Proclaim Enough – Paris Reflections

Peace for Paris

Illustration by Jean Jullien

Dear Friends,

Today is a day filled with sorrow. As once again, our hearts are broken for the more than 120 innocents murdered across Paris. We ache for them, for their families and friends, and for their nation which is under siege.

Today is a day when we stand in solidarity with the French people from all walks of life and diverse beliefs. In one voice, we denounce the violent extremists – apparently ISIS followers – who claim “credit” for butchering people just going about their lives in restaurants, concerts and as they moved across their city.

We also mourn and draw attention to the over 40 Lebanese deliberately slaughtered only days ago – including Sh’ia Muslims, Christians and Druse – by two ISIS suicide bombers in Beirut.

We remember in profound sorrow the Israelis and Palestinians – Jews, Christians and Muslims – who are dying amid a rapidly escalating cycle of condemnation, division and violence in their homeland.

We recognize the Muslim and Christian Syrians who are desperately seeking to escape from the horrors that ISIS and others are inflicting on them in what was once a thriving nation.

And we must not allow ourselves to forget Aylan Kurdi, the Syrian toddler who we all mourned, when he washed onto a beach as his family sought to escape the constant terror that Syrians now face.

Today, with one voice, we must remember the horror of Paris and horrors across our globe. But we must do more. We must reaffirm our commitment to the core values in our many traditions and beliefs, and to our shared humanity.

There are many possible responses to today’s horror in Paris. Sadness fills us. But this is also a time to recommit to one another. To standing together amid our many differences, to honoring our neighbors and joining with them to stand against the aberrant extremism that threatens us all.

Let us stand together and, with strength, proclaim enough!

Joyce S. Dubensky

There’s No Room for Stereotyping in NYPD Training

Last January, when the New York Police Department’s use of the anti-Muslim, stereotype-filled film “The Third Jihad” came to light, the Department claimed that it had been “mistakenly screened” for a few officers. This week, we learned that the film has actually been shown to nearly 1,500 officers, looped repeatedly and featured an interview with Police Commissioner Ray Kelly.

The problem here is not that the NYPD seeks to be informed about radical extremism and terrorism. That is a critical part of their job and necessary to keep New York City and our nation safe. What is problematic is this particular film and the way it uses fear, frightening stereotypes and hatred to define a diverse and important American group – the American Muslim community. The dilemma is where to draw the line between preparing police to deal with the reality of extremist ideologies and avoiding frightening stereotypes that disparage an entire community.
Repeated stereotypes and misinformation like those in “The Third Jihad” take on the aura of truth and can pose a risk to reasoned conduct. Repeated often enough, the stereotypes become the “Big Lie.” The looping and repetition of “The Third Jihad” before the men and women of the NYPD risks becoming such a lie. Tanenbaum calls on the Police Department to institute inclusive, fact-based religious diversity training for all officers – including, but not limited to, fact-based training on the American Muslim community in the U.S.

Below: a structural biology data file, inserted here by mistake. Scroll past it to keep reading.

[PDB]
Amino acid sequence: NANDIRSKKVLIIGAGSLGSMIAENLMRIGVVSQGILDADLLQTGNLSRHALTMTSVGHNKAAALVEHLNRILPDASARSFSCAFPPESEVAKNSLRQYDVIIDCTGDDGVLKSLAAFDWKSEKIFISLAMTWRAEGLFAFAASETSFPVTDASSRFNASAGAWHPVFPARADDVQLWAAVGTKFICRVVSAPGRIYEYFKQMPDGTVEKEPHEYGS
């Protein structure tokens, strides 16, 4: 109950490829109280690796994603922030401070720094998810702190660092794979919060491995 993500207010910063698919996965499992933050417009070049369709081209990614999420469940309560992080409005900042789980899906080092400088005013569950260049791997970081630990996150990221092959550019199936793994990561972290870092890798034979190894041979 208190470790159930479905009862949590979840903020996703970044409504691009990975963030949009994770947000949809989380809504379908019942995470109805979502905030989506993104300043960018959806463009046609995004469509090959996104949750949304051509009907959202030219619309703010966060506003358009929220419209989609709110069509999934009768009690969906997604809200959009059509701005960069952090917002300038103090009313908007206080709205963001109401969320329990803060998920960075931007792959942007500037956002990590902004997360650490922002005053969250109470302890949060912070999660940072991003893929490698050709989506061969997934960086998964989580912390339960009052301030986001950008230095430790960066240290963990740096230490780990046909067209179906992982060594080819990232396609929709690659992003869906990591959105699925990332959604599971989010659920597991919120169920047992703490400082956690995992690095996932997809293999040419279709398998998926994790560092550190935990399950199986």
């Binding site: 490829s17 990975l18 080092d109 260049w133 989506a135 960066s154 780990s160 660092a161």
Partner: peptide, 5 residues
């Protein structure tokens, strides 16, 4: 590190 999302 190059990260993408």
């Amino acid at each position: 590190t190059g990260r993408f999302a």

“The Third Jihad” features ominous music and portrays images of terrorist violence as a narrator declares: “This is the true agenda of much of Muslim leadership in America… A strategy to infiltrate and dominate America.” The film was produced by the Clarion Fund, a non-profit organization that has produced other anti-Islam films.
That these films were made and disseminated is troubling. That they are presented as truth to a captive audience of law enforcement personnel is infinitely more so. The NYPD has struggled to maintain positive relationships with the city’s many Muslims and their communities. Those relationships were strained following the Associated Press’s reportage about NYPD surveillance of Muslim communities in the city. They are now threatened once again.
Commissioner Kelly has publicly stated that cooperation with the Clarion Fund was a mistake. Tanenbaum asks him to go two steps further: first, by instituting department-wide diversity training that equips officers to liaise with the many faith communities with which they come into daily contact; and second, by holding accountable every officer who perpetrates messages of hate and disinformation about Muslims or members of our community from any belief system.
The NYPD protects all of us regardless of creed, national origin, race or class. As such, let it serve as a model not only by accepting responsibility for its poor decision but also by moving to rectify it with non-partisan training that recognizes the common humanity of all New Yorkers.
Joyce S. Dubensky